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Capital Gains tax - advice please!

(8 Posts)
MrAnchovy Sat 13-Oct-12 23:18:13

I think you are missing the point roquefort - which is that whatever the OP does now is not going to affect the capital gain that accrued during the period the flat was rented out so there is no point moving back in at all (unless the flat is not going to be rented out for some time).

I acknowlege that my reference to moving back for a day was somewhat flippant: although in theory the length of time is not relevant it would be difficult to establish a "degree of permanence, [and] some degree of continuity or expectation of continuity" (^Goodwin v Curtis^) in just 24 hours. However if you did claim that you moved back for one day and therefore claimed PRR for just 1/1500 of the capital gain (or whatever) I don't think HMRC would bother to investigate electoral records.

roquefort Sat 13-Oct-12 19:06:08

Moving back in for one day won't work - you need to establish residency properly - change addresses, electoral roll etc . - quality rather than quantity of occupation and keep evidence. HMRC quite hot on this now.

Having said that if it was your main residence previously, may not be necessary as you will get final three years, previous period of occupation and letting relief and annual exemption, you need to work the numbers.

goldenbird Sun 23-Sep-12 17:30:42

OK, that's really helpful - thanks very much.

MrAnchovy Sun 23-Sep-12 16:32:09

You can move back for just one day and it can be your Principal Private Residence, but that won't change the fact that it was not your PPR for the period you rented it and the gain during that period may be chargeable.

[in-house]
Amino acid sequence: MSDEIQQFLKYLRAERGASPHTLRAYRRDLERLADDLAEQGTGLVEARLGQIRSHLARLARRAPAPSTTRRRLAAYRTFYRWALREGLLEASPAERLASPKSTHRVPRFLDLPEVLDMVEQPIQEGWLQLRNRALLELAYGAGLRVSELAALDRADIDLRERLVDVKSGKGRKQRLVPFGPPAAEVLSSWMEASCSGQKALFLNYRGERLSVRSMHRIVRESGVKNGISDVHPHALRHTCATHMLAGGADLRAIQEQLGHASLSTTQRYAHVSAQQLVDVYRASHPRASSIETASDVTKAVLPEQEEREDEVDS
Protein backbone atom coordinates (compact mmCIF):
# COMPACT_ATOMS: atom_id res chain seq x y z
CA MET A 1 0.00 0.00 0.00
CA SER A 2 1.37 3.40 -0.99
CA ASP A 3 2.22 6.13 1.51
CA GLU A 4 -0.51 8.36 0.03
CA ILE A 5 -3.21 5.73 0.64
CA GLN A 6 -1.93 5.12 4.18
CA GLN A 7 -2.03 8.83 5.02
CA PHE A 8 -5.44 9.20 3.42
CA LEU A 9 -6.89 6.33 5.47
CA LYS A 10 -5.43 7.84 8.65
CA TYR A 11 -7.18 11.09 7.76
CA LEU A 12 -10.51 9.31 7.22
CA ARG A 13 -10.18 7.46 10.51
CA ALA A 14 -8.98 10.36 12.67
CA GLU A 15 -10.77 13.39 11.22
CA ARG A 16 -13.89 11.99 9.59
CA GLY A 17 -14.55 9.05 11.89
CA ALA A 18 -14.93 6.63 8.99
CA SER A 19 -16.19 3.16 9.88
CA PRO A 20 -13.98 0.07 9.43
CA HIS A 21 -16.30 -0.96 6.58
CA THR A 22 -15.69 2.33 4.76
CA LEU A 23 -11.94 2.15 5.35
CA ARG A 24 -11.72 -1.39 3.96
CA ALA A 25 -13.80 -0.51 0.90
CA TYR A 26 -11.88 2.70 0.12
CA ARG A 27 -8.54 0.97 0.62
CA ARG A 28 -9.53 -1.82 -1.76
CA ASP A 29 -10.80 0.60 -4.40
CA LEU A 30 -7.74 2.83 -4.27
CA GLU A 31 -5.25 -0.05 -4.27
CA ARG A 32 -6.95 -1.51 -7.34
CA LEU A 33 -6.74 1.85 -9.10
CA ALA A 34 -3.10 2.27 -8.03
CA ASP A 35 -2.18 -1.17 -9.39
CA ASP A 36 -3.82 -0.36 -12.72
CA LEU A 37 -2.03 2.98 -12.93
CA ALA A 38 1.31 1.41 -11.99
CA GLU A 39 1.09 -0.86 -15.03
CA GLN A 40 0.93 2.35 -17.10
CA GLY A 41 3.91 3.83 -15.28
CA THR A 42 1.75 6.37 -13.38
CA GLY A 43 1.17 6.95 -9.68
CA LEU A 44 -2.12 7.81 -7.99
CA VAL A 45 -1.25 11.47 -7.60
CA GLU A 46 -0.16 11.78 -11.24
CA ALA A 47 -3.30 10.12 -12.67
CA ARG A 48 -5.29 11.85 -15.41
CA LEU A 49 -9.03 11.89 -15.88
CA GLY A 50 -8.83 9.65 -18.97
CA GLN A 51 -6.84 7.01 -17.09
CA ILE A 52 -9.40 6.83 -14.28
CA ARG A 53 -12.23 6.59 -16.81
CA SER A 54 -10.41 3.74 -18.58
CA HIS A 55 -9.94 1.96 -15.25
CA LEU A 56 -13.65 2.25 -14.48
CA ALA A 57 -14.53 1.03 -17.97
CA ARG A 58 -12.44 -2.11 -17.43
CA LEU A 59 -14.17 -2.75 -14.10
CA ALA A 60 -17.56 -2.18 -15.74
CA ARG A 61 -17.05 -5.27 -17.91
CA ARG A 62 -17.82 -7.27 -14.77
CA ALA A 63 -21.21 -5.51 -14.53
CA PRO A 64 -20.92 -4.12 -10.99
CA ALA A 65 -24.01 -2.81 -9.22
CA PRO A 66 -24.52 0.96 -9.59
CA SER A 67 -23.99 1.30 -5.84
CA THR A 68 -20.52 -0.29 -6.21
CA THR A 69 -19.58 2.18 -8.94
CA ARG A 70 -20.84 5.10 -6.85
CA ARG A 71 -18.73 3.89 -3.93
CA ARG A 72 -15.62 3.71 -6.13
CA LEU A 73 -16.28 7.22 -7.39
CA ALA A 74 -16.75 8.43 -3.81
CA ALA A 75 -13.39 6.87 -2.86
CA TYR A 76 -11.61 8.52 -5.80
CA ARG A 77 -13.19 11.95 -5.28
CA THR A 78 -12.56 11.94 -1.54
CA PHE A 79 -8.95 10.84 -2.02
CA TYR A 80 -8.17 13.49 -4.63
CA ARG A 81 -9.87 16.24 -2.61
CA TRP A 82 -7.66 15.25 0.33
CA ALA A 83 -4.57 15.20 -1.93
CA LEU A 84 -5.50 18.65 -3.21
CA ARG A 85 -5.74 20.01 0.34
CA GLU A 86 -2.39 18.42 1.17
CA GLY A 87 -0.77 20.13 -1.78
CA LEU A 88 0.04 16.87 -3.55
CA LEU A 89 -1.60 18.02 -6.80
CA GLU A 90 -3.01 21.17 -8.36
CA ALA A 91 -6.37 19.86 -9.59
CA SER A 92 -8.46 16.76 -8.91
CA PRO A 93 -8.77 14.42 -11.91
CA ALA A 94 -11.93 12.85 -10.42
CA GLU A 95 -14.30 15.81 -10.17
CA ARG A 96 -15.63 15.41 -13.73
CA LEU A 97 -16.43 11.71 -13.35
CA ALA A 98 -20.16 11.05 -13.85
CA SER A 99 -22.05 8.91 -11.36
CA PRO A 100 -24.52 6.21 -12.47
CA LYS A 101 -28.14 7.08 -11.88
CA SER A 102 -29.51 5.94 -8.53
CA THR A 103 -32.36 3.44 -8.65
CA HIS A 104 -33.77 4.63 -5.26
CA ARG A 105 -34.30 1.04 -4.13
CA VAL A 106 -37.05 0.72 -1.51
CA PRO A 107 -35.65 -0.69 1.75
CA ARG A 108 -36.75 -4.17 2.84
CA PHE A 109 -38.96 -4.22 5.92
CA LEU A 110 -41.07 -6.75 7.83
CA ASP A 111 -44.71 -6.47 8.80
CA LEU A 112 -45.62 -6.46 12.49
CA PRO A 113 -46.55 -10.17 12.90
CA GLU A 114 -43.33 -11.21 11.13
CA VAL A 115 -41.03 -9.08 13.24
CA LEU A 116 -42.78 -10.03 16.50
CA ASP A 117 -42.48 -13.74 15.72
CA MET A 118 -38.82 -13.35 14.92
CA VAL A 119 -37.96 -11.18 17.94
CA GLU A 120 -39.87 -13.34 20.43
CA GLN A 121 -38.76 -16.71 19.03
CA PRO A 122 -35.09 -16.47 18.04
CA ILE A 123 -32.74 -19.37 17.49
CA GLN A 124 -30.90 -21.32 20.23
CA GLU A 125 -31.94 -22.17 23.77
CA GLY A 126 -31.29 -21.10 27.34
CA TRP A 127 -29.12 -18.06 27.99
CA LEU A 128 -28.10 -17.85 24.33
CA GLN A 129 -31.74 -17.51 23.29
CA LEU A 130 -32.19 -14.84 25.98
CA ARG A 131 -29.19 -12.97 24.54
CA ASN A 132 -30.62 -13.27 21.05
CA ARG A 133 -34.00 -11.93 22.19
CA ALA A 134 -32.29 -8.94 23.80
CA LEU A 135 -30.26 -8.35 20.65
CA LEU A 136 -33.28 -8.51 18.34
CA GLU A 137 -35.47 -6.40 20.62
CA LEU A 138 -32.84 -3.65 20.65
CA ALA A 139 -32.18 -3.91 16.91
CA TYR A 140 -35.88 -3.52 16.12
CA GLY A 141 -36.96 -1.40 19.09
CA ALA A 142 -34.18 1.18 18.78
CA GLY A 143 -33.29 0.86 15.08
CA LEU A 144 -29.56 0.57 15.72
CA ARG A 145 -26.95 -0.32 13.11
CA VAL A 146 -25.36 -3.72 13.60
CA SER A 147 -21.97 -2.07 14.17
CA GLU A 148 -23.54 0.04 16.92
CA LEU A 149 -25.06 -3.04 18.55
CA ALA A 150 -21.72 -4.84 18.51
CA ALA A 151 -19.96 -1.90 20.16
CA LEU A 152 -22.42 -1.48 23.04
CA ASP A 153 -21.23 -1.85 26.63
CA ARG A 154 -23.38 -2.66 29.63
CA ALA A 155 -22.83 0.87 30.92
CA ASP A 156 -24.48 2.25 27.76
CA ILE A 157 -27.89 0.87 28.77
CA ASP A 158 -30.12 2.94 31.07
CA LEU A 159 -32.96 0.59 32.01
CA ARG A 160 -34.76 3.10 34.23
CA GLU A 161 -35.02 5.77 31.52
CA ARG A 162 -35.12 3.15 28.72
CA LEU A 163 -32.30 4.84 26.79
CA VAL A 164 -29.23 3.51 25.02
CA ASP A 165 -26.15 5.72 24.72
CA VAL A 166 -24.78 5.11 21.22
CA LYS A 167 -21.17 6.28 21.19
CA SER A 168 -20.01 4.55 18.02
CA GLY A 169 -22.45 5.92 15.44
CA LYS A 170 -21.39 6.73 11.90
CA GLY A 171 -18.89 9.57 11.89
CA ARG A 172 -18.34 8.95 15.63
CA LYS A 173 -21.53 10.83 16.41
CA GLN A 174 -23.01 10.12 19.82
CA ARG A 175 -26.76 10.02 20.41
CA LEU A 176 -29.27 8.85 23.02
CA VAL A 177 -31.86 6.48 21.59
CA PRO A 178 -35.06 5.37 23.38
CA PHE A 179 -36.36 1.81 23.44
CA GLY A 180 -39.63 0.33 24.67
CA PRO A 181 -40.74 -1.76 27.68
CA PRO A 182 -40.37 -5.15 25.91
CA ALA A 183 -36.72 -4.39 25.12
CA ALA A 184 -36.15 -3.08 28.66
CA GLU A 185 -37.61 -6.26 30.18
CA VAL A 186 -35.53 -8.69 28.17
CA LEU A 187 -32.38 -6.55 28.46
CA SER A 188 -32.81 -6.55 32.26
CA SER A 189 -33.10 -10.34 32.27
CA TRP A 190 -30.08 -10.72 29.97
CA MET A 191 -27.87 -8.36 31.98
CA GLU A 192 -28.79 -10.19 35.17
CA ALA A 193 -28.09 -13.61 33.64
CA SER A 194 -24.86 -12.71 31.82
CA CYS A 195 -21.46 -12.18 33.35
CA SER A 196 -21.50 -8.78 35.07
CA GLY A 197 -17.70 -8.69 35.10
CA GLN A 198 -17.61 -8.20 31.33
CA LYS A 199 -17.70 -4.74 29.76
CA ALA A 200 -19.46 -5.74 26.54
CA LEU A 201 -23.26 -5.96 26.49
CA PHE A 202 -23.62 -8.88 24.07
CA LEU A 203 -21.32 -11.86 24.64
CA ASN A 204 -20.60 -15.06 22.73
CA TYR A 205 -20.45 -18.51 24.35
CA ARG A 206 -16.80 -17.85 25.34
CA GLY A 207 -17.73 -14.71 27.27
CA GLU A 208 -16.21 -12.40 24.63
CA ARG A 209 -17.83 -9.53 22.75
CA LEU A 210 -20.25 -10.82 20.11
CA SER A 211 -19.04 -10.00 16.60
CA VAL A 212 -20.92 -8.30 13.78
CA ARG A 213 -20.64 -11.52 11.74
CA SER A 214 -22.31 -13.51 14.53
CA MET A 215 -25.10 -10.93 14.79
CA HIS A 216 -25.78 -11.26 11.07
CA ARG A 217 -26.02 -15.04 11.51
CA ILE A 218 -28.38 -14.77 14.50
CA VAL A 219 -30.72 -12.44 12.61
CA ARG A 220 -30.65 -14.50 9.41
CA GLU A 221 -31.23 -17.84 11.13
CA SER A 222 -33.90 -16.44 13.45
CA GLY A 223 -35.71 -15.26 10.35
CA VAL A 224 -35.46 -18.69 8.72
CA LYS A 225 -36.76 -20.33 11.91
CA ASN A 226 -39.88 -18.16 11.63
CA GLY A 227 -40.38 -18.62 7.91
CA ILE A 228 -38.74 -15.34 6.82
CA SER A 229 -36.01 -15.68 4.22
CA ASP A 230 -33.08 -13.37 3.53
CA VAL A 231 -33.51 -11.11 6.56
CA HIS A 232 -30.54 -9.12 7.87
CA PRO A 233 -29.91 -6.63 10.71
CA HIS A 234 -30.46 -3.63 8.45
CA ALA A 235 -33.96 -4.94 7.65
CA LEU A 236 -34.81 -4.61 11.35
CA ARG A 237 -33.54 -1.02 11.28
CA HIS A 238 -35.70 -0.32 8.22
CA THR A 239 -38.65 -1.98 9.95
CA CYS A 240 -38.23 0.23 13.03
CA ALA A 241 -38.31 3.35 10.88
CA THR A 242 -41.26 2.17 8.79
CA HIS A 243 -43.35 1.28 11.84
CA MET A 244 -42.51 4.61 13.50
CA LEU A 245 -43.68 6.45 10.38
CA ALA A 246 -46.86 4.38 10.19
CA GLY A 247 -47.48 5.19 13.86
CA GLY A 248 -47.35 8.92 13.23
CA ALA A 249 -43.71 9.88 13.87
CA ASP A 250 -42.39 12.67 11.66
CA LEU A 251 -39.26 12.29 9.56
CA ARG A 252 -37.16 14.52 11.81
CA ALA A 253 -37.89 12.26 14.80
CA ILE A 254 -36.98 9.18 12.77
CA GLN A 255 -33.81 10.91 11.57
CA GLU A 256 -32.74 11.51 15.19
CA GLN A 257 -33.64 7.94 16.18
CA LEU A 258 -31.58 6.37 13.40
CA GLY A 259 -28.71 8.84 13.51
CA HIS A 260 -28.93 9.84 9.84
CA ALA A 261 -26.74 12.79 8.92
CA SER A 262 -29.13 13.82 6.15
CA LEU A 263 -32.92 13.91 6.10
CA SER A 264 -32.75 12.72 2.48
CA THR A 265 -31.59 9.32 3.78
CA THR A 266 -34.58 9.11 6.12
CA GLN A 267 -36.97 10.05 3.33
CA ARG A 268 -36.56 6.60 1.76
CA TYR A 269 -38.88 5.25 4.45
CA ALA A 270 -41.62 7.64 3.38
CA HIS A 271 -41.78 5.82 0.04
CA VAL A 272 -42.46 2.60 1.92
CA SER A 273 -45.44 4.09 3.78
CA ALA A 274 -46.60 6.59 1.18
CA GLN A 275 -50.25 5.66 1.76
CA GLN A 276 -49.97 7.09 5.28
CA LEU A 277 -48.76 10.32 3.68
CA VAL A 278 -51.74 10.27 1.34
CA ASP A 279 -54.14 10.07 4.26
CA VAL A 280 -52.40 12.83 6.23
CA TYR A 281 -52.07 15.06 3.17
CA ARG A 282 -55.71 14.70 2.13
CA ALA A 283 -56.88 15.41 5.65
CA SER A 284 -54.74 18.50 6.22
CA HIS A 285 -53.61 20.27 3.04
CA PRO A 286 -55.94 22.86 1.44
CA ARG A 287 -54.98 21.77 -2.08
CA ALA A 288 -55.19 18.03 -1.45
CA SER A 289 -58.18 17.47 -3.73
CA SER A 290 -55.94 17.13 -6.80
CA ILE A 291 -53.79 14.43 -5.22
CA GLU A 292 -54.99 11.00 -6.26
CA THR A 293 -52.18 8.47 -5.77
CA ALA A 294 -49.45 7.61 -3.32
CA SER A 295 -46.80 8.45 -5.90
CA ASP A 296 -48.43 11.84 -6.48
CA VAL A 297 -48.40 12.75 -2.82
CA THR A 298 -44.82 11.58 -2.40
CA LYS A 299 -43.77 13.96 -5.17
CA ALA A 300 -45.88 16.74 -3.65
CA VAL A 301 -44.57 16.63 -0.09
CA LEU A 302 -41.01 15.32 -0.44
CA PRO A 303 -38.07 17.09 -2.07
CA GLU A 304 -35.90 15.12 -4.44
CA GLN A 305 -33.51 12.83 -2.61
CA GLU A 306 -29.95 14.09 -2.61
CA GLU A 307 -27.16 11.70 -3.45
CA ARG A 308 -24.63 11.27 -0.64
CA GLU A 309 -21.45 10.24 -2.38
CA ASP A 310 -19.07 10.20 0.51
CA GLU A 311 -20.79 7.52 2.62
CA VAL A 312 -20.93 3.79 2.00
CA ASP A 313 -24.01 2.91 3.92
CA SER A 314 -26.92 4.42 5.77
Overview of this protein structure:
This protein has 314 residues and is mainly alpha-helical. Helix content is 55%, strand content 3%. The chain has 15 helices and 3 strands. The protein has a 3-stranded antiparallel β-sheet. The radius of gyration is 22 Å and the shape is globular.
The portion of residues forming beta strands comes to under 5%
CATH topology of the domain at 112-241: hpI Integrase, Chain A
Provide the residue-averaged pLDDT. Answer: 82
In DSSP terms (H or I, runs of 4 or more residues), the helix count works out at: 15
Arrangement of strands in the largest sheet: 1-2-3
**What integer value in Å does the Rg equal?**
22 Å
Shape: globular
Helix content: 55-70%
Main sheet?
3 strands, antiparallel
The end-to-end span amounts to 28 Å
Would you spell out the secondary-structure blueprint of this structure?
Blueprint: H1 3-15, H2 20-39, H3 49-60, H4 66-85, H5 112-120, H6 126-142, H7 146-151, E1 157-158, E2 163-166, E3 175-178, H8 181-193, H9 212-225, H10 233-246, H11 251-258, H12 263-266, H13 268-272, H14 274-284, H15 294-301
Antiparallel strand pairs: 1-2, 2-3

However there are a number of reliefs that are likely to apply that may relieve all of your gain, in particular you can count the last three years of ownership as if you had been living there so it can be treated as your PPR for that period, and Lettings Relief can effectively double the amount of relief.

Full details here or see an accountant.

mellen Sun 23-Sep-12 13:21:58

There is also account taken of the years that you have lived in the flat, prior to moving out. If you google you should be able to find the rules, they are fairly detailed.

mumblechum1 Sun 23-Sep-12 13:21:01

That's right, it isn't your prime residence. If you want to avoid CGT you'll have to move back. I can't remember the time period - best have a google.

RightUpMyRue Sun 23-Sep-12 13:20:04

I think it's 2 years. Probably at least 1.

goldenbird Sun 23-Sep-12 13:17:58

We bought our 1 bedroom flat from my BIL a few years ago at a lower than market price, as part of this arrangement my husband waived a part share in his inheritance.

When we had our first child we moved out as we didn't have enough space, so we are currently renting and also renting out our flat. We are now looking to sell it. I understand that we need to pay capital gains on the difference in sale price now, but I thought that was waived if the flat is our prime residence. But now I've heard that it doesn't count as prime residence (even tho it's the only property we own) as we live elsewhere. Is that correct? And if so, how long would one or all of need to live back in the old flat for, in order for it to count as our prime residence? Advice gratefully received!

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